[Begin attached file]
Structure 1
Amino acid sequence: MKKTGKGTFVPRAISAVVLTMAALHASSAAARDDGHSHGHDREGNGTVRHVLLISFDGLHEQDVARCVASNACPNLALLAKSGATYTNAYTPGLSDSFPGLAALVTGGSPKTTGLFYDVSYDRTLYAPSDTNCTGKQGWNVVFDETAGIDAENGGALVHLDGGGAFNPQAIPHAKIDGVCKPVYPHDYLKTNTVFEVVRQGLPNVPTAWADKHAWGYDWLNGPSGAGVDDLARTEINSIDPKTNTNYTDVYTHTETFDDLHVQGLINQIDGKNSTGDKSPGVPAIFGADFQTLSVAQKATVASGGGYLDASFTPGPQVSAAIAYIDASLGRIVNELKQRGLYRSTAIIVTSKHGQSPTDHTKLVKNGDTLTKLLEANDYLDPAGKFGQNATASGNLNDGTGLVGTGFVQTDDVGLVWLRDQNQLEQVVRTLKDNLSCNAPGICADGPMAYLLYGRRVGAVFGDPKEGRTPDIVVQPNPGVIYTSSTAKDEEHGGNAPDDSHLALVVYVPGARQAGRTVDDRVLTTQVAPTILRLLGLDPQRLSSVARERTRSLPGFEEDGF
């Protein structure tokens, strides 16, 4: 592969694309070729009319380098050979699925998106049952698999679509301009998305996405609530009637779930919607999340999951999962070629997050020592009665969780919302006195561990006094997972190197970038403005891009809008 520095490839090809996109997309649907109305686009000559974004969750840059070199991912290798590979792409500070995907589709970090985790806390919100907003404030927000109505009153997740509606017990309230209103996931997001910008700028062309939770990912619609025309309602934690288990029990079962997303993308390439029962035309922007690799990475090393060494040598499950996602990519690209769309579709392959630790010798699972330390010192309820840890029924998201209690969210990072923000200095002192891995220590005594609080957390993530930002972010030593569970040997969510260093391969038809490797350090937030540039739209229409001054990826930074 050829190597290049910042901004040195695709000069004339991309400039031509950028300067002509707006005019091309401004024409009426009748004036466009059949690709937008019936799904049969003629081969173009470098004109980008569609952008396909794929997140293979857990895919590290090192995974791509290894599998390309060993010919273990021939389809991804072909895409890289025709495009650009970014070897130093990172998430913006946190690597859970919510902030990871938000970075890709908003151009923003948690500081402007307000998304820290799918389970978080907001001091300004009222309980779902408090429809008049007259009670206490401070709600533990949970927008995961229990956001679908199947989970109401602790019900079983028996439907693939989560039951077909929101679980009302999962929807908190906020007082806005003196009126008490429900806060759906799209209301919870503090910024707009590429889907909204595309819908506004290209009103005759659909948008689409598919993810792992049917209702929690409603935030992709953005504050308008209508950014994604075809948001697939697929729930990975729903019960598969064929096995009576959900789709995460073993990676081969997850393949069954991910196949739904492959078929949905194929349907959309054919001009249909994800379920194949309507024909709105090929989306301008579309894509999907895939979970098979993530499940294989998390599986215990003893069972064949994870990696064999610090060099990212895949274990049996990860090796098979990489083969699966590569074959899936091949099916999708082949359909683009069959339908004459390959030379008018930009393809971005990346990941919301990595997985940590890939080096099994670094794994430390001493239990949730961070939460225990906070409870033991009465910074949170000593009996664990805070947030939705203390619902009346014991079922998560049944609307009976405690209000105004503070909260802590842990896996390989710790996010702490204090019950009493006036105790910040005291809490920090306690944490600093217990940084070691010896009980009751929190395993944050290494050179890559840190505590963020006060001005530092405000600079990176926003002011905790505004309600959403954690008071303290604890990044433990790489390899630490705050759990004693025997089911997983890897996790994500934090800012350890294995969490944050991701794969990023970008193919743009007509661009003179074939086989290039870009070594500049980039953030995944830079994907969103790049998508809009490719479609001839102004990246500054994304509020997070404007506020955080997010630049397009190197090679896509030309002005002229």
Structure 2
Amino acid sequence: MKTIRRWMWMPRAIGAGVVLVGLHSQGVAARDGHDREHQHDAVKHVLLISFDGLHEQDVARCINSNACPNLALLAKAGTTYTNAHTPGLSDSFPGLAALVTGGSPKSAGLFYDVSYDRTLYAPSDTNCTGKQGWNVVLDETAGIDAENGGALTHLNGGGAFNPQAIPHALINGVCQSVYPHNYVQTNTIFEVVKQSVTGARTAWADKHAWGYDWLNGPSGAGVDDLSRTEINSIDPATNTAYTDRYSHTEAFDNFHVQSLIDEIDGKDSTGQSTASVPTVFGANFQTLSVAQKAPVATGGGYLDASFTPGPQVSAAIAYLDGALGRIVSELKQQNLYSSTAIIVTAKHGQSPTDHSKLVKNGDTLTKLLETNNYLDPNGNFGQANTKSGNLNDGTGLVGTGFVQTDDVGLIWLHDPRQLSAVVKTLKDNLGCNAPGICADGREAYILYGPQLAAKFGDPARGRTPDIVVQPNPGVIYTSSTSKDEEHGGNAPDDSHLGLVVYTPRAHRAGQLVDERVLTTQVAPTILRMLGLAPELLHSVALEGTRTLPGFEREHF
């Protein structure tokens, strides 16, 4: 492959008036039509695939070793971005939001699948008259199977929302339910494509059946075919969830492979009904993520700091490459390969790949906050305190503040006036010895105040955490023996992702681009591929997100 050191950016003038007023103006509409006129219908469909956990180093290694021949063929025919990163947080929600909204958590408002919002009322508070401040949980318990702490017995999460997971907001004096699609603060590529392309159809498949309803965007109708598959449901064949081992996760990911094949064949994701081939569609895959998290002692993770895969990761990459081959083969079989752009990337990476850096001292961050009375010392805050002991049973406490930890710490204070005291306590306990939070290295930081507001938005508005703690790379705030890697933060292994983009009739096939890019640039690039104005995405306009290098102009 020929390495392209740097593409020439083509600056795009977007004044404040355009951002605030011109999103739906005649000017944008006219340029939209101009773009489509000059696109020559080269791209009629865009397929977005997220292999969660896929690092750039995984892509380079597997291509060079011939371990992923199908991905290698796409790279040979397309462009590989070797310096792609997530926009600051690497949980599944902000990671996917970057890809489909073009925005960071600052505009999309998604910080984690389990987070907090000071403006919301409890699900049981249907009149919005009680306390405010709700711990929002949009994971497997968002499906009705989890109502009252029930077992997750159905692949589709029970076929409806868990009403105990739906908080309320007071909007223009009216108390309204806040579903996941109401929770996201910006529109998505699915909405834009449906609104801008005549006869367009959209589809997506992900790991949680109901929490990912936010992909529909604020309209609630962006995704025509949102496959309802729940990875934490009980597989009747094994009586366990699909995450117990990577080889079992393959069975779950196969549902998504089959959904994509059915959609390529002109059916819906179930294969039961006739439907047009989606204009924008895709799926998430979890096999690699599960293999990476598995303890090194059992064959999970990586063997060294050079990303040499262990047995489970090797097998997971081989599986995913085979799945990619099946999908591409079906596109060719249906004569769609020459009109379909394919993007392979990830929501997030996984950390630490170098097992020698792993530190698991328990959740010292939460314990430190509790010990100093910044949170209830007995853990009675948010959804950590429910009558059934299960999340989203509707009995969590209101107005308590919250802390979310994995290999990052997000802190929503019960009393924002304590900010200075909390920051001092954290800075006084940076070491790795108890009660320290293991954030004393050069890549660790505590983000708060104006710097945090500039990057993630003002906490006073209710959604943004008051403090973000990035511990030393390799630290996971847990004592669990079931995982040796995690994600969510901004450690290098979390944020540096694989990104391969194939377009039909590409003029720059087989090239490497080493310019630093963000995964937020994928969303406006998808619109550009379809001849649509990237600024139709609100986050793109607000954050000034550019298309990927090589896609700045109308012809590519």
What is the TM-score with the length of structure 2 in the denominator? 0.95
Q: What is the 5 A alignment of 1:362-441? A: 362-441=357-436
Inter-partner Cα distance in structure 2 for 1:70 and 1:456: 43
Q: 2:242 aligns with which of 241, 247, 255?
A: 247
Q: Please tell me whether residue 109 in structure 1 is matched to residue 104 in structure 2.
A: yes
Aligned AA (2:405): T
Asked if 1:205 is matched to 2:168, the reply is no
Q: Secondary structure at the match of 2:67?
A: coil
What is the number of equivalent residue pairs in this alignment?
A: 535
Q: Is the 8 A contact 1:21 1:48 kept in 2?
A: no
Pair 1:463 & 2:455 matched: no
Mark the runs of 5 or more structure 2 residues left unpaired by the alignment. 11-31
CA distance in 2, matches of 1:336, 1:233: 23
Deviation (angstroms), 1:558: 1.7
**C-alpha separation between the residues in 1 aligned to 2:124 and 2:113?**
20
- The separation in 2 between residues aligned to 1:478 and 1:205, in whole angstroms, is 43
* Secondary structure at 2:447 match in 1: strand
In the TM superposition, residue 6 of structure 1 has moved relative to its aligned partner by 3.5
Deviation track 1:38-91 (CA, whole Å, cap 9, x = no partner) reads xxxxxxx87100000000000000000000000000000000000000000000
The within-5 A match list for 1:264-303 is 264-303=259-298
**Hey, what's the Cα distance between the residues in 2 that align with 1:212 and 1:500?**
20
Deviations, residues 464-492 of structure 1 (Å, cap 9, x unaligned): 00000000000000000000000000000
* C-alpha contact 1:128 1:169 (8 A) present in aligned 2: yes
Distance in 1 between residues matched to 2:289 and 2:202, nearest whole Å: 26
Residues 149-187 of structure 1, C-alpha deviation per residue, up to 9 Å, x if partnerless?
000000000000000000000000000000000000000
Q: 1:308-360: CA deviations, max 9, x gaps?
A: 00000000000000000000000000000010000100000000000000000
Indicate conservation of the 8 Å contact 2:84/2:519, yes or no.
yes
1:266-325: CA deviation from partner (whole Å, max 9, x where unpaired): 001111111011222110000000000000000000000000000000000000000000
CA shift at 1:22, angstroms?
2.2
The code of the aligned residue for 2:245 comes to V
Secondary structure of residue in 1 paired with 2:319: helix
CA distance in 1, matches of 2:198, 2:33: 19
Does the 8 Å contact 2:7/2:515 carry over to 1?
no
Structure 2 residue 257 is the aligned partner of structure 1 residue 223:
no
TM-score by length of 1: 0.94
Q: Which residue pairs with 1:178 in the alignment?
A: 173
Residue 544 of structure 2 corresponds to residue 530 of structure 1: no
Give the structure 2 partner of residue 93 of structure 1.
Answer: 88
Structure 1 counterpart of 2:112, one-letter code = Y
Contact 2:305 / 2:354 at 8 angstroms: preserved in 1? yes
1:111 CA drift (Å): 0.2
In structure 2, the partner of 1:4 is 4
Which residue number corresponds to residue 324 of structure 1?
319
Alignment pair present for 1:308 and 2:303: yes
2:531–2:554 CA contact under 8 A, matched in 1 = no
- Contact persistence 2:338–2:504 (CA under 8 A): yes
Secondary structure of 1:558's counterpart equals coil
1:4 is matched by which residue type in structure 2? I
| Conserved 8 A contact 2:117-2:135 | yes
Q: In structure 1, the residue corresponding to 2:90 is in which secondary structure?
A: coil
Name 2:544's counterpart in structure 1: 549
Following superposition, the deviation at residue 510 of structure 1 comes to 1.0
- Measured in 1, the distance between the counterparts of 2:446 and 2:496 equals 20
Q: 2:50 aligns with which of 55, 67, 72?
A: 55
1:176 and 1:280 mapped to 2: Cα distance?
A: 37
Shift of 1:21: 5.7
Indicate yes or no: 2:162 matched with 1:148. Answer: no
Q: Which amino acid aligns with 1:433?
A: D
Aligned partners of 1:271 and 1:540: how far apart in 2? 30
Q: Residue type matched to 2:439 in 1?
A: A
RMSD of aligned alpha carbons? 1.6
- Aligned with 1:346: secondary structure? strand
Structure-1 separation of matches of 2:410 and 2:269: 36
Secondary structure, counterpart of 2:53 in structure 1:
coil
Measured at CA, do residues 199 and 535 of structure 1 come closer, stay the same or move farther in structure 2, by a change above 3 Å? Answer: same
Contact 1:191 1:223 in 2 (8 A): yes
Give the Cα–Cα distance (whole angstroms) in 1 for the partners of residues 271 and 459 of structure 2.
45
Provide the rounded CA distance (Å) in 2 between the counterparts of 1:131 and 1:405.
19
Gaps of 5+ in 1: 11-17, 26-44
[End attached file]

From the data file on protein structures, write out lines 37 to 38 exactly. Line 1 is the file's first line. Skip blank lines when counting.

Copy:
Distance in 1 between residues matched to 2:289 and 2:202, nearest whole Å: 26
Residues 149-187 of structure 1, C-alpha deviation per residue, up to 9 Å, x if partnerless?